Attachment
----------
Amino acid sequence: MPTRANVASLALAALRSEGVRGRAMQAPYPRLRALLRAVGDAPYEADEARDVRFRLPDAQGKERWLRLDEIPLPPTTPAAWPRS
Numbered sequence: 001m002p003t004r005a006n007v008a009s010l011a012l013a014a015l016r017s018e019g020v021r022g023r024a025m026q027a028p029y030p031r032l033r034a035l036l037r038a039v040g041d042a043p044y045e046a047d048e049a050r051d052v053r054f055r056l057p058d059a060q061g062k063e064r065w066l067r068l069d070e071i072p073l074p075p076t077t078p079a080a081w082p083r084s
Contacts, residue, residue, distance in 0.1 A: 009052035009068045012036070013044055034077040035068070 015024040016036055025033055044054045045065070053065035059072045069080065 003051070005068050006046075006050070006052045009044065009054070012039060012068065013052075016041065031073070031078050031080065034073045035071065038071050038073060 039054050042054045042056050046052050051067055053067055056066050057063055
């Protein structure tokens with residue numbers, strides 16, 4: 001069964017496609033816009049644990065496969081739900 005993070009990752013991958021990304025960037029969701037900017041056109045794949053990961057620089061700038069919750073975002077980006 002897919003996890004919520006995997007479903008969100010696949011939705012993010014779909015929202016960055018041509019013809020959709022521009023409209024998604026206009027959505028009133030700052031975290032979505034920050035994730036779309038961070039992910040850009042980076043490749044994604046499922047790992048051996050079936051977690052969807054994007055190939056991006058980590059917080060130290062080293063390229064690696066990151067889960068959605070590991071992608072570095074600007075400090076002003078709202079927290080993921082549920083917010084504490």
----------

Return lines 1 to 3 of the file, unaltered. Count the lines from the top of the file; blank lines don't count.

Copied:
Amino acid sequence: MPTRANVASLALAALRSEGVRGRAMQAPYPRLRALLRAVGDAPYEADEARDVRFRLPDAQGKERWLRLDEIPLPPTTPAAWPRS
Numbered sequence: 001m002p003t004r005a006n007v008a009s010l011a012l013a014a015l016r017s018e019g020v021r022g023r024a025m026q027a028p029y030p031r032l033r034a035l036l037r038a039v040g041d042a043p044y045e046a047d048e049a050r051d052v053r054f055r056l057p058d059a060q061g062k063e064r065w066l067r068l069d070e071i072p073l074p075p076t077t078p079a080a081w082p083r084s
Contacts, residue, residue, distance in 0.1 A: 009052035009068045012036070013044055034077040035068070 015024040016036055025033055044054045045065070053065035059072045069080065 003051070005068050006046075006050070006052045009044065009054070012039060012068065013052075016041065031073070031078050031080065034073045035071065038071050038073060 039054050042054045042056050046052050051067055053067055056066050057063055